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Putting The First Woman
On The Moon

How can AI help us conquer the next frontier?

The world has been waiting for decades for man, and womankind, to return to the moon. Since the Apollo missions in the 1960s and 70s, making a second trip to the moon has been considered too expensive and risky for space agencies to attempt. But humanity will once again make history in 2024 with NASA’s Artemis Project, and this time, we’re going to see the first female astronaut step foot on the lunar surface.

To ensure this mission is a success, the spacecraft will be loaded with the planet’s most advanced computers, with artificial intelligence (AI) playing a pivotal role on and off the moon. That’s where NEC comes into the picture. The company’s AI-powered monitoring system is currently used extensively to perform thousands of checks during the testing and production phase of the Orion spacecraft, the same one that will be taking our brave astronauts to the moon.

Since 1956, NEC has been closely involved in space exploration projects, when Professor Hideo Itokawa, the “Father of Japan’s space development”, was sending “Kappa” rockets into space. NEC built the onboard observational data transceivers for the project, ensuring seamless transmissions throughout the flights. This time though, NEC is aiming for the moon.

Analysing 22 billion relationships between data points – in just 4 hours

The Orion spacecraft is equipped with nearly 150,000 sensors to make sure that every variable is taken into consideration during its testing phase. This data is collected all at the same time, and the sheer amount of computing power necessary to accurately analyse this information is impossible without the help of AI. NEC’s System Invariant Analysis Technology (SIAT) is the answer to this.

Together with Lockheed Martin Space’s T-Tauri AI platform, the SIAT analytics engine takes the data from the 150,000 sensors and creates a model incorporating over 22 billion data relationships. The model is then analysed to find any irregularities which could lead to a possible malfunction of any of the spacecraft’s systems. All this data was generated only from a single thermal vacuum test of the Orion capsule, and it took the two platforms just four hours to complete the task.

NASA's Orion vehicle for the Artemis mission

How is SIAT helping NASA?

For years, SIAT has proven its capabilities in numerous energy, manufacturing, and transport operations. Major industry players have trusted the system’s speed and efficiency for their most important processes. What makes SIAT stand out from other AI solutions is its transparency – the system doesn’t just show you the results from the analyses but the exact steps that led to the conclusions. This means that users can accurately identify the source of a problem and come up with specific solutions.

SIAT’s speciality is in examining the relationship between data, not the data values themselves, as implied by the name "invariant analysis technology". By analysing these relationships, it could accurately pinpoint the causes of an abnormality, or what other functions are affected at the same time. This is especially important in NASA’s mission since any error could spell disaster in space.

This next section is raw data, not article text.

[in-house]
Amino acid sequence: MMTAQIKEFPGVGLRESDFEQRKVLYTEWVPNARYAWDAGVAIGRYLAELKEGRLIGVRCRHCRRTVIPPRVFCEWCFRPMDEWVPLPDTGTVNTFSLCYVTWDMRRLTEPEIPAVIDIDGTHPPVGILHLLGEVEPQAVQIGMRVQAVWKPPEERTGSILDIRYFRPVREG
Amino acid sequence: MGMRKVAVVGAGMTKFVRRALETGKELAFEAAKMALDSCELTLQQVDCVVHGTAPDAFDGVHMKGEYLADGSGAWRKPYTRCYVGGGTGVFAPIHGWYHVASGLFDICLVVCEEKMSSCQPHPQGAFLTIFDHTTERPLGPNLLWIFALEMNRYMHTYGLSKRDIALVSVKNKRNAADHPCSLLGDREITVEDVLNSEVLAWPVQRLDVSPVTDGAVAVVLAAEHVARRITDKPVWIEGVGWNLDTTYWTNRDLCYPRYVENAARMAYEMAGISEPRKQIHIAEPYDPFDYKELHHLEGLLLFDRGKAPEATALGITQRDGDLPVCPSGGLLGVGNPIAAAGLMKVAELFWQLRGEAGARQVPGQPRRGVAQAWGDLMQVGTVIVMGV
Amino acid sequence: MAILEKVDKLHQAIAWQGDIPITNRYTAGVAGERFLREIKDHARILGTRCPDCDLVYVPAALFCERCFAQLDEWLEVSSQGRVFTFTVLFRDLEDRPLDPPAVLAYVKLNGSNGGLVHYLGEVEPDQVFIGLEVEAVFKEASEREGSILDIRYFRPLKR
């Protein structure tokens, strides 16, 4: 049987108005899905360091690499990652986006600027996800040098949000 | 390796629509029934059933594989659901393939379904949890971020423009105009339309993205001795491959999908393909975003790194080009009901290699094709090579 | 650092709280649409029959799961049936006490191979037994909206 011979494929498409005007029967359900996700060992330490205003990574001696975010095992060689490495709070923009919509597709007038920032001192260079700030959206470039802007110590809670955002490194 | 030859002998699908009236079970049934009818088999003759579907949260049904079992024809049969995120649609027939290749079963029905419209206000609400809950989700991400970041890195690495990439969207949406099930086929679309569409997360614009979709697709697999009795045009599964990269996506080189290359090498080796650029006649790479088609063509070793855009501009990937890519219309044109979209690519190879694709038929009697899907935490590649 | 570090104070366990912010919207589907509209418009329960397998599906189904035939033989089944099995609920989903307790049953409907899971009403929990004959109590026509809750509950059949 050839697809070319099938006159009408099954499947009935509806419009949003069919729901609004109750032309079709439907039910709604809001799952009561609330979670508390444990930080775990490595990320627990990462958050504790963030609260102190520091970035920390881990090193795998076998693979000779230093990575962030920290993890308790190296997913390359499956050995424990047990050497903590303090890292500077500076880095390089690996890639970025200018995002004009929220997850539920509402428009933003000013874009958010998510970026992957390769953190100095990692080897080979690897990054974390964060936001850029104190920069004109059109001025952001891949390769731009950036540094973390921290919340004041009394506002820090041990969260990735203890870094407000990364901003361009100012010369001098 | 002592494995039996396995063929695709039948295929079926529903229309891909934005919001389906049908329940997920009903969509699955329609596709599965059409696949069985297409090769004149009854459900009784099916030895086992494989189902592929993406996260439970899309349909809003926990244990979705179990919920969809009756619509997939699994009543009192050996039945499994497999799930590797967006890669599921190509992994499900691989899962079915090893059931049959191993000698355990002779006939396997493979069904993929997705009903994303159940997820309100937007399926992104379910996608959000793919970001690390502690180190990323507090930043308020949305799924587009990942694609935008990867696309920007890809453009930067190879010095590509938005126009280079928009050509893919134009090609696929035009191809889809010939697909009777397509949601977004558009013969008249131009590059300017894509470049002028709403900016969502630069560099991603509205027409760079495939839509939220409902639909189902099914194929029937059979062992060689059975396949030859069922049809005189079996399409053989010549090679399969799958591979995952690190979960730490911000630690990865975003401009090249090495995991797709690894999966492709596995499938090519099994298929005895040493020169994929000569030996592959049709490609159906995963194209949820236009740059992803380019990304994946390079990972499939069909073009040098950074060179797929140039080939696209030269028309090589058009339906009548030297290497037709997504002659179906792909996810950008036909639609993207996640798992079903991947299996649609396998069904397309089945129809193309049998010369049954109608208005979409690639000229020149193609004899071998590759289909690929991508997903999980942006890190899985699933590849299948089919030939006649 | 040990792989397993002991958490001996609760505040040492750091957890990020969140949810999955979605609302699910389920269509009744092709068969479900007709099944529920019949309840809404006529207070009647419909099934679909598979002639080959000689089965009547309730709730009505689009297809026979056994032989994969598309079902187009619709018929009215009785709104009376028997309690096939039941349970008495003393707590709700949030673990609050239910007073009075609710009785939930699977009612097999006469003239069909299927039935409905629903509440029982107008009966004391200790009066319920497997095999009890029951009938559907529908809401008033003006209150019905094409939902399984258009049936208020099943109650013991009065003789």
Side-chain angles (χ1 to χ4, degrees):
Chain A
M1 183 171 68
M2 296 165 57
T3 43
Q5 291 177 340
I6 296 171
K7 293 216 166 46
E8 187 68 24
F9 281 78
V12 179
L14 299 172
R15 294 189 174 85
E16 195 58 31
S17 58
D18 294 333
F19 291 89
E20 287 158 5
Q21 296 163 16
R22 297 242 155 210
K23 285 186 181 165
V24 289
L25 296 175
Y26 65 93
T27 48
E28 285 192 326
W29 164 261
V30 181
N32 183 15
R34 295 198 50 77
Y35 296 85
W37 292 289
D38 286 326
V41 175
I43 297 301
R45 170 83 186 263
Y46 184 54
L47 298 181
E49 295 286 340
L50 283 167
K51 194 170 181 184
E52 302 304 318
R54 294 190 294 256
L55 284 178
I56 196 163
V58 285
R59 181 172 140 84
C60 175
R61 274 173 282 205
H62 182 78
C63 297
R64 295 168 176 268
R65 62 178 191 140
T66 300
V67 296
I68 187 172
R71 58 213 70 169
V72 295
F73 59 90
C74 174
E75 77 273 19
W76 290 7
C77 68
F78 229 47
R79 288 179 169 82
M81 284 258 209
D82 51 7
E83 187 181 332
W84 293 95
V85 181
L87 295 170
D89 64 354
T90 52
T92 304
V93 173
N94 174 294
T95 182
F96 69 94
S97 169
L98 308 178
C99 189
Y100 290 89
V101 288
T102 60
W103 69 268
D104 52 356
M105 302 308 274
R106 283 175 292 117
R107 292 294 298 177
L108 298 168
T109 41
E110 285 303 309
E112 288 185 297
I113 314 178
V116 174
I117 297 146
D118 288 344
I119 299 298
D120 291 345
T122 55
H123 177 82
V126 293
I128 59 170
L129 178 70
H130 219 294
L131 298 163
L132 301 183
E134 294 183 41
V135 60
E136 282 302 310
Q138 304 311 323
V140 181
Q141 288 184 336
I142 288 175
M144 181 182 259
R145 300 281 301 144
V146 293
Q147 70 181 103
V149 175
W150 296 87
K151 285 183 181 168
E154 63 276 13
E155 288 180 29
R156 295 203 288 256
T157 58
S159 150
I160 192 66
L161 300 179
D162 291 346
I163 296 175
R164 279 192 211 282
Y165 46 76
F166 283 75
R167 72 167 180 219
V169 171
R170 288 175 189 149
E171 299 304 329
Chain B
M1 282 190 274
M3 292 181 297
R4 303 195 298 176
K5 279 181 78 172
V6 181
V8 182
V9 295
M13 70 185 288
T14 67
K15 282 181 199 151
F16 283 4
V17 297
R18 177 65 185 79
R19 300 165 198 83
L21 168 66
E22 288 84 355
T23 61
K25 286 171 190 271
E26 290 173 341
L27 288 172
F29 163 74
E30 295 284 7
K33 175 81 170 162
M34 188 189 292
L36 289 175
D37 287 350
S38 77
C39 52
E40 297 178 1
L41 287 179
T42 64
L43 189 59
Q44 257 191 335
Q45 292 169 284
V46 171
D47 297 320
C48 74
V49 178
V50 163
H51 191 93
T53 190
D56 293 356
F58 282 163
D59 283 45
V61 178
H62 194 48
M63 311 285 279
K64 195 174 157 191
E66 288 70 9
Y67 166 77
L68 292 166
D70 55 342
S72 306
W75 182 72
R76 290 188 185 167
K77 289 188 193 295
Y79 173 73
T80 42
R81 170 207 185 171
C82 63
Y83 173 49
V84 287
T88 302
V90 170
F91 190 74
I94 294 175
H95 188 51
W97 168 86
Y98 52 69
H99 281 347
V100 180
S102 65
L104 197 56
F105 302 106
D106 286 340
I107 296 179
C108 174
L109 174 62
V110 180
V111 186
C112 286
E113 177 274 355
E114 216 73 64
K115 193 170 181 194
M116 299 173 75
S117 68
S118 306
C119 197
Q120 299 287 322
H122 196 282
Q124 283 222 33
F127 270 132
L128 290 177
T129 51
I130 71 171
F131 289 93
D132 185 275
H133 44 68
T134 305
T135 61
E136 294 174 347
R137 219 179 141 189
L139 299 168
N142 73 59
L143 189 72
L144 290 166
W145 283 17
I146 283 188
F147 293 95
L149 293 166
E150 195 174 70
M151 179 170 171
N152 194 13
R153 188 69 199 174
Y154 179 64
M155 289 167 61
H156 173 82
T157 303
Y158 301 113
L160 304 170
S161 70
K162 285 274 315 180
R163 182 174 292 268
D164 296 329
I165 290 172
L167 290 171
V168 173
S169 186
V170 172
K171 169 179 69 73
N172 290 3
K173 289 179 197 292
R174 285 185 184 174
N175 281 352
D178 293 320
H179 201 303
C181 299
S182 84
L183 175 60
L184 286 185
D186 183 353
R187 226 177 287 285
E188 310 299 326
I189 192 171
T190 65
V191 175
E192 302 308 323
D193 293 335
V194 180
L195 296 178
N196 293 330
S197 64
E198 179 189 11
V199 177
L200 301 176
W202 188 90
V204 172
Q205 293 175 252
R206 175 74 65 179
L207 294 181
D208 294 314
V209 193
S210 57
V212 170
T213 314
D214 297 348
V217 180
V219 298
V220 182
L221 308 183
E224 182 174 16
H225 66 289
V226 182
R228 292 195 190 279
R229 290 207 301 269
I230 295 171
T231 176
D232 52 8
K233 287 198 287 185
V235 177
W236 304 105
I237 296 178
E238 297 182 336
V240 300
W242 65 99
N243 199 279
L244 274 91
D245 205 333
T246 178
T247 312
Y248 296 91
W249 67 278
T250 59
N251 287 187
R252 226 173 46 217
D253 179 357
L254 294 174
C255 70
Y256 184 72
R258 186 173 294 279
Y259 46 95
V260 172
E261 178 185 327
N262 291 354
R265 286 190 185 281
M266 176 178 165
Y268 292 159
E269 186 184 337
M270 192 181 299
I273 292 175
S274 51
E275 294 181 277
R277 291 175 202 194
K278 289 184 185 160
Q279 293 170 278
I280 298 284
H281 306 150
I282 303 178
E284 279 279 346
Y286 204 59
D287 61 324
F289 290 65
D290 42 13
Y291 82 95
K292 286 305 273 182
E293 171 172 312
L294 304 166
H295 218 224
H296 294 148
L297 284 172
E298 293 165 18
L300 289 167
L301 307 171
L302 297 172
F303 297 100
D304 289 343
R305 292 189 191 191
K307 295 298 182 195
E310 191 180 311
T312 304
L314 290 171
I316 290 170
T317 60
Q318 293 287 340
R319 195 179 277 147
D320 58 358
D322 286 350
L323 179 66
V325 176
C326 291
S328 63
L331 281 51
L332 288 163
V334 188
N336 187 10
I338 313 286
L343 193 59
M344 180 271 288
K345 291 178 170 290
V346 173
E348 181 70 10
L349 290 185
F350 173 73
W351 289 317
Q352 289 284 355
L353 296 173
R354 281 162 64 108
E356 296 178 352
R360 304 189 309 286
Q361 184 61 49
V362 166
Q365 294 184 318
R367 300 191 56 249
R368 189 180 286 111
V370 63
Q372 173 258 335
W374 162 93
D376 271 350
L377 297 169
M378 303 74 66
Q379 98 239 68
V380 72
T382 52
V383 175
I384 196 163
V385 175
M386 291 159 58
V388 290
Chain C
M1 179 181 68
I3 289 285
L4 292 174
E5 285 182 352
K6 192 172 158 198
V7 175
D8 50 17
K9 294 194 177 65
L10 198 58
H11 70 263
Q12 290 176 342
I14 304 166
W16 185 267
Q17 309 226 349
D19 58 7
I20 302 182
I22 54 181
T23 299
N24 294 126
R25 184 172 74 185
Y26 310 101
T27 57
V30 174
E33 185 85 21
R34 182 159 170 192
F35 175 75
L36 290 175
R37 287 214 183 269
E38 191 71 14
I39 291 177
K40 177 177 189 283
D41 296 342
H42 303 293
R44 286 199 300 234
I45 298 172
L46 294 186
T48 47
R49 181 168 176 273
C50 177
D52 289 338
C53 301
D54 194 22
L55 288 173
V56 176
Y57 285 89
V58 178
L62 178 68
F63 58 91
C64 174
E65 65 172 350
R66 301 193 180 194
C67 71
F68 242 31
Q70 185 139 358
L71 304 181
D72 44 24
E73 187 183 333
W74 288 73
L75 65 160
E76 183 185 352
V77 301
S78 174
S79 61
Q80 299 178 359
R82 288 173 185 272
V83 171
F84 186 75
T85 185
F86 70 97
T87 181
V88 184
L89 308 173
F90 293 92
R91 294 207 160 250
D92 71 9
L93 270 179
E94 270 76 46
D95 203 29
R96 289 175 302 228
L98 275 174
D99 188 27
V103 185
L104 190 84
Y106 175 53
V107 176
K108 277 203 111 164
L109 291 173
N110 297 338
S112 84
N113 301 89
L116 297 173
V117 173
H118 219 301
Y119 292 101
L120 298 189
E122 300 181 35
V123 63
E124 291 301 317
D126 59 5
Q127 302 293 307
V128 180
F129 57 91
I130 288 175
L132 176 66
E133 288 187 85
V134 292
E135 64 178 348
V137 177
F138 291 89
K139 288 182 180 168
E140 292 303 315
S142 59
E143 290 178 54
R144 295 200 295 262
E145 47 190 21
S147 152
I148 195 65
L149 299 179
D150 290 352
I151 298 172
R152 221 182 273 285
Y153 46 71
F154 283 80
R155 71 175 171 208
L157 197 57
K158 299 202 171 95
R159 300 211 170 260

NEC’s SIAT has helped save thousands of man-hours and detected possible errors that even experts would not have noticed.

“The advantage is that users can easily see and understand the results. Our highly skilled support team is another big plus”, says Tomoya Soma, Senior Data Analyst at NEC.

“The power of AI is leveraged across our entire enterprise, and with a trusted partner like NEC, we gain the resources to expand its abilities at scale across our internal operations,” agreed Rick Ambrose, Executive Vice President of Lockheed Martin Space. “By proactively analysing telemetry data we are able to deliver our systems even faster and streamline the work that our employees do every day.”

To continue exploring the possibilities of SIAT and T-Tauri, NEC and Lockheed Martin have signed a collaboration agreement so they could apply their joint expertise to other areas beyond the moon mission.

"I'm really proud of what the NEC team has accomplished here. AI tools like SIAT that help manage data and complexity will be key enablers for future space missions. I look forward to what we can accomplish with great partners like Lockheed Martin," added Haifeng Chen, Head of Data Science and System Security Department, NEC Labs America.

Going beyond space

In Japan, SIAT is employed in several important industries, helping to detect potential faults and creating safer operations. One railway operator uses SIAT to monitor the air suspension system of its train carriages, a crucial factor for maintaining the stability of its trains. The SIAT system analyses the data in real-time and predicts any potential faults so that the train operator can send the train for maintenance or repairs before the problems pose any dangers.

Another Japanese power station uses SIAT both for training and malfunction simulations. The power station feeds the SIAT monitors data from over 3,500 sensors. The sensors measure temperature, pressure, and other variables at hundreds of readings every second. SIAT instantly makes sense of this data and predicts any potential system failure way before engineers can, keeping the power plant operating at maximum efficiency and safety.

With about 30 other AI technologies besides SIAT, NEC’s cooperation with NASA is just one part of the company’s mission to make lives better for future generations. Perhaps, it’s “one small step for a woman, and one giant leap for AI.”